Sales of monoclonal antibodies (MAbs) are predicted to be over US$125 billion by 2020 (1). Such revenue potential puts significant pressure on the biopharmaceutical industry to reduce timelines, especially to first-in-human trials. Cell-line development represents a large and critical portion of the early development timeline.
Whether a developer is using random or targeted integration for introducing genes into a host-cell genome, the regulatory requirement for addressing monoclonality introduces a time and resource-intensive step in this process. Many different techniques are used routinely in biopharmaceutical discovery and development workflows: single-cell analysis, sorting, imaging, and dispensing into individual wells of microplates (2). In addition, a productivity screening method such as minipool titering or fluorescence-activated cell sorting (FACS) analysis typically is performed before the monoclonality stage to minimize labor (3). Traditionally, different pieces of equipment would be required for each of these techniques, resulting in a costly and time-consuming process that both takes up valuable laboratory space and increases the risk of sample contamination.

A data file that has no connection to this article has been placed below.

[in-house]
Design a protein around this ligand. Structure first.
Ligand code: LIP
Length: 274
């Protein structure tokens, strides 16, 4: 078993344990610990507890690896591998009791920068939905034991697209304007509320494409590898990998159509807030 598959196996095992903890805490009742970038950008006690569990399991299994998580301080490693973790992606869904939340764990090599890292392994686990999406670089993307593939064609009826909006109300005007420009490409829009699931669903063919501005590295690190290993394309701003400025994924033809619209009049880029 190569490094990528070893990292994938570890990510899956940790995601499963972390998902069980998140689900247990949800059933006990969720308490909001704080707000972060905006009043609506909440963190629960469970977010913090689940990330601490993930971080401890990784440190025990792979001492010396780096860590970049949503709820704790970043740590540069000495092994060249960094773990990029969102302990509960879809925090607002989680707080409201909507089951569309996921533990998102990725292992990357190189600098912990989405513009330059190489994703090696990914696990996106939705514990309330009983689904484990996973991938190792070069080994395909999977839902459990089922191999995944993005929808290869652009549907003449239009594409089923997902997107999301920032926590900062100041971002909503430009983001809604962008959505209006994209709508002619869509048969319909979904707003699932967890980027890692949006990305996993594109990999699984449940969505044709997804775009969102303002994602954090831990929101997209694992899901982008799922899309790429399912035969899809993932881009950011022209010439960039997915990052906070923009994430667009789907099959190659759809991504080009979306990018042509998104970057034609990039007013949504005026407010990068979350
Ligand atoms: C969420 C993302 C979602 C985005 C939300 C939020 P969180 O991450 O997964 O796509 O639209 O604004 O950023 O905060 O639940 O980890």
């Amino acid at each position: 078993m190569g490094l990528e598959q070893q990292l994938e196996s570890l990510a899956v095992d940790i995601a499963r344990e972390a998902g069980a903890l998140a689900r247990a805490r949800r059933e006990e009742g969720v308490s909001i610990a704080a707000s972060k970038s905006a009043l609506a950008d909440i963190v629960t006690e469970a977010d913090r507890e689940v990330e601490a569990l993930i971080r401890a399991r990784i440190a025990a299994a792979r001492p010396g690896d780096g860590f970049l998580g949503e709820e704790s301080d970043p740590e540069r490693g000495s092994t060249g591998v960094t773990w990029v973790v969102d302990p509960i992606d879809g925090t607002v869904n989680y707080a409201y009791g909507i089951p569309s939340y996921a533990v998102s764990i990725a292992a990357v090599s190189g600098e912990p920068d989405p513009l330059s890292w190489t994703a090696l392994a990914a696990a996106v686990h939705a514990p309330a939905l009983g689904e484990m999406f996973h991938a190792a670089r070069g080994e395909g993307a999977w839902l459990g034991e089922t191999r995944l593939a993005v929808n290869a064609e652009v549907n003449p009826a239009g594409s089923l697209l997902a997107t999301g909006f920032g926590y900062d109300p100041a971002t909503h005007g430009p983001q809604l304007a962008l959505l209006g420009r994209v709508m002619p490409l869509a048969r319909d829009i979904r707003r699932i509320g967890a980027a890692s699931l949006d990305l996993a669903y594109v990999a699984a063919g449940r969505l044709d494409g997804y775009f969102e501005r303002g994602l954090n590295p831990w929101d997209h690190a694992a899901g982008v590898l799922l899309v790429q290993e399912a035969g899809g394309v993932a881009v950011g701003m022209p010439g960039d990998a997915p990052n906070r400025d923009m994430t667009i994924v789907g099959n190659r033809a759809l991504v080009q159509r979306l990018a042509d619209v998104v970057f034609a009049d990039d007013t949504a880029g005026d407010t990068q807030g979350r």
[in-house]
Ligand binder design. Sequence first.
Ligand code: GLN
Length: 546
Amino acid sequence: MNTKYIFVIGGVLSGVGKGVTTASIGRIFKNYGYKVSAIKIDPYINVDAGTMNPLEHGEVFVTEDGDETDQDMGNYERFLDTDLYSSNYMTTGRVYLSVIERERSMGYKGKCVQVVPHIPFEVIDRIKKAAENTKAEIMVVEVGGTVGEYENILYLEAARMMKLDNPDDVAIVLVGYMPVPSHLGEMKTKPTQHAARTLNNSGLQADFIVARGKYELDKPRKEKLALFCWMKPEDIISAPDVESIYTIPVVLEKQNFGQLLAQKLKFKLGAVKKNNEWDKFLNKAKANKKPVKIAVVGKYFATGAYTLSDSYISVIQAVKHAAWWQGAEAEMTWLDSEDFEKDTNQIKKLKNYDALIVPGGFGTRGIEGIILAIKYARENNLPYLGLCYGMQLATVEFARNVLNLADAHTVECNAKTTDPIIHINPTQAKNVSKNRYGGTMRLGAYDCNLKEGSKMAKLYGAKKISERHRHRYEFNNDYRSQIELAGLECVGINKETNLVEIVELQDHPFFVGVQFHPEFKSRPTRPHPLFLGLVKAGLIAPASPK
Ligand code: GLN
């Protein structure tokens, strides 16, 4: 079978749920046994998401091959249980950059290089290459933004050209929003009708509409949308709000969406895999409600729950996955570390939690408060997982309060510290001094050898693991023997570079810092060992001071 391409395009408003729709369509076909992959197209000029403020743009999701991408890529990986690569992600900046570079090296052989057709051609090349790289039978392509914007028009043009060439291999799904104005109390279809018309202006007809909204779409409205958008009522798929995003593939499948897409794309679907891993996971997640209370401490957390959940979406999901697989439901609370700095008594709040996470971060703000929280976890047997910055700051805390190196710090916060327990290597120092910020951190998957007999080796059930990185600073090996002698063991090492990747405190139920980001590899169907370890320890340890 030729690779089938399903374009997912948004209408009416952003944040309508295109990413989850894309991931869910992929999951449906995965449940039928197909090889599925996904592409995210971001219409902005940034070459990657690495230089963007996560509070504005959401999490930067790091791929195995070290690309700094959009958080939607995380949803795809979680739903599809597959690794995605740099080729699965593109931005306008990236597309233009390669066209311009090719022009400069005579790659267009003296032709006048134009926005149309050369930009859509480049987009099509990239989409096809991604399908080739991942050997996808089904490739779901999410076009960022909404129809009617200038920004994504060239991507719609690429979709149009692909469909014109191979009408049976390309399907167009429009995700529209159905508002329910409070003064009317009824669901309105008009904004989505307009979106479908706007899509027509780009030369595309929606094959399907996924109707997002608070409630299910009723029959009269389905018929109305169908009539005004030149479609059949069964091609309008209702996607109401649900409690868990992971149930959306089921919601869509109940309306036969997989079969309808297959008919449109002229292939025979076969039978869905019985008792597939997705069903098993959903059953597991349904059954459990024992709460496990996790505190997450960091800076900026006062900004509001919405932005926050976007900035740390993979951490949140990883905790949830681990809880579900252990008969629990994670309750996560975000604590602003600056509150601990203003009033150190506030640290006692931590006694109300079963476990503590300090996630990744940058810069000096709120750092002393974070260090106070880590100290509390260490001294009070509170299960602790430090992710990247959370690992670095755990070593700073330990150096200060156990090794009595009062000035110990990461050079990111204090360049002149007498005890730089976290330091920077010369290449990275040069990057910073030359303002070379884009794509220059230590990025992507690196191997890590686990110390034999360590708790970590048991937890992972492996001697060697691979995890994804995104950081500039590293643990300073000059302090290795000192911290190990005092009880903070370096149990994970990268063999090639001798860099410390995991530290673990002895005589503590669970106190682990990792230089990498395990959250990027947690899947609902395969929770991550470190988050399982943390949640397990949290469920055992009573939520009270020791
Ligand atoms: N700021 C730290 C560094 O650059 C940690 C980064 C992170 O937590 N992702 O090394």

The Janssen R&D cell-line development (CLD) group partnered with Sphere Fluidics to evaluate its Cyto-Mine system: a high-throughput microfluidics instrument developed to address unmet needs in the monoclonality and productivity screening stages of cell-line development processes. The instrument takes a mixed population of cells loaded by a user and encapsulates individual cells into picodroplets (4). The machine then analyzes each individual droplet for productivity using a fluorescence resonance energy transfer (FRET)â€“based screen, then images and dispenses the highest-productivity droplets into individual microplate wells (5). The entire process occurs inside a single-use cartridge with media and reagents that are completely free of animal-sourced components.
We have tested the instrument and its associated screening method with MAb and non-MAb projects and found that they can generate cell lines with high productivity, good viability, and a strong assurance of monoclonality after aÂ single round of screening. Thus we have determined that incorporating a Cyto-Mine system into our process can significantly shorten the overall cell-line development timeline while reducing both screening and resource requirements without compromising productivity or product quality in our production cell lines.
The compact Cyto-Mine system from Sphere Fluidics is one of the first integrated devices capable of automatically performing single-cell analysis, sorting, imaging, and dispensing into individual microplate wells. This high-throughput instrument uses picodroplet technology and single-use microfluidic cartridges to analyze and sort MAb-expressing cells. Figure 1 shows an example cartridge and a microscopic view of such a cartridge in use.